State takes half price of wheat flour

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Dispatch Live – A major East London wheat miller has entered the fray of spiking food prices, saying state taxes eat up half the price of a 12.5kg bag of flour on shop shelves.

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Jobs in East London are on the line, warned Bruce Spanjaard, CEO of Paramount Mills.

This month’s 34% increase in the duty tax government charges international wheat importers has left “the poorest communities in the Eastern Cape reeling”, said Spanjaard.

He said the operation of their Rayon Street mill on the West Bank, which employed 600 people, had taken a bad hit.

Their cash flow had been “seriously constrained” and, in an ominous comment, he warned: “The knock-on effect of this (increase) ultimately leads to large-scale unemployment.”

Paramount’s directors were holding urgent talks with the government, calling on it to review the variable tariff.

The tariff is based on a financial formula set up in 1999 by government in a bid to protect SA wheat farmers from having the price they earned at the market undercut by international wheat imports.

Spanjaard said this month’s duty tariff increase was immediately passed on to consumers, who must “foot this bill which is having a negative impact in local communities”.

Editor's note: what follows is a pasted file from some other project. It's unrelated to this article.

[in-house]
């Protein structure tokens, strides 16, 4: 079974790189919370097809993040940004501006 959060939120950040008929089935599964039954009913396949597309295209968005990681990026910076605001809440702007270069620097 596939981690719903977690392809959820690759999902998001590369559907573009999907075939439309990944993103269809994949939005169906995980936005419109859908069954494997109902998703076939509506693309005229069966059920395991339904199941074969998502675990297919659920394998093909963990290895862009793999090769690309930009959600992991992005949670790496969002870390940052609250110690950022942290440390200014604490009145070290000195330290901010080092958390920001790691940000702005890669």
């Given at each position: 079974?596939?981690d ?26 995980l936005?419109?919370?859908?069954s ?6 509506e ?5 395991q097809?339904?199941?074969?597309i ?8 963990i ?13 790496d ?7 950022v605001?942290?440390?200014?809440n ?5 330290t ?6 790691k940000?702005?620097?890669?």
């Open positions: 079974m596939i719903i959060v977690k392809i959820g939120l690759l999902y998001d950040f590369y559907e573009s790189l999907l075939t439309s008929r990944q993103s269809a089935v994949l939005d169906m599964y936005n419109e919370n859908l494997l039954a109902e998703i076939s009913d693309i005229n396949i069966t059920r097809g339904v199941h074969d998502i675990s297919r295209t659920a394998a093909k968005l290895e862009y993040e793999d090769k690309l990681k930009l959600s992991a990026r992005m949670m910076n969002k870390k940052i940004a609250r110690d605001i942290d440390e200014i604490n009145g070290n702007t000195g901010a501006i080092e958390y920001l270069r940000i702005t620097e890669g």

Business Day reported this month that the complicated protectionist tariff had to undergo a rethink. Other ways of supporting local farmers had to be found.

Spanjaard said that every year South Africans consumed 1.7 million tons of local wheat and two million tons of imported wheat, all of which earned the state R4.5-billion in import duties and value-added tax (VAT) paid by end-consumers, most of whom had low incomes.

SA wheat is sold at “parity” (the same price) as imported wheat, which means local farmers are bound to the price of imported wheat.

A further hammer blow for Paramount was that while South African millers had to pay the high import duties and parity price for raw wheat, confectioners were allowed to import wheat-based products from Europe duty free to South Africa.

Spanjaard said Paramount Mills was lobbying hard “in the interests of the entire (SA) milling sector”.

Read Full Report Here: Dispatchlive

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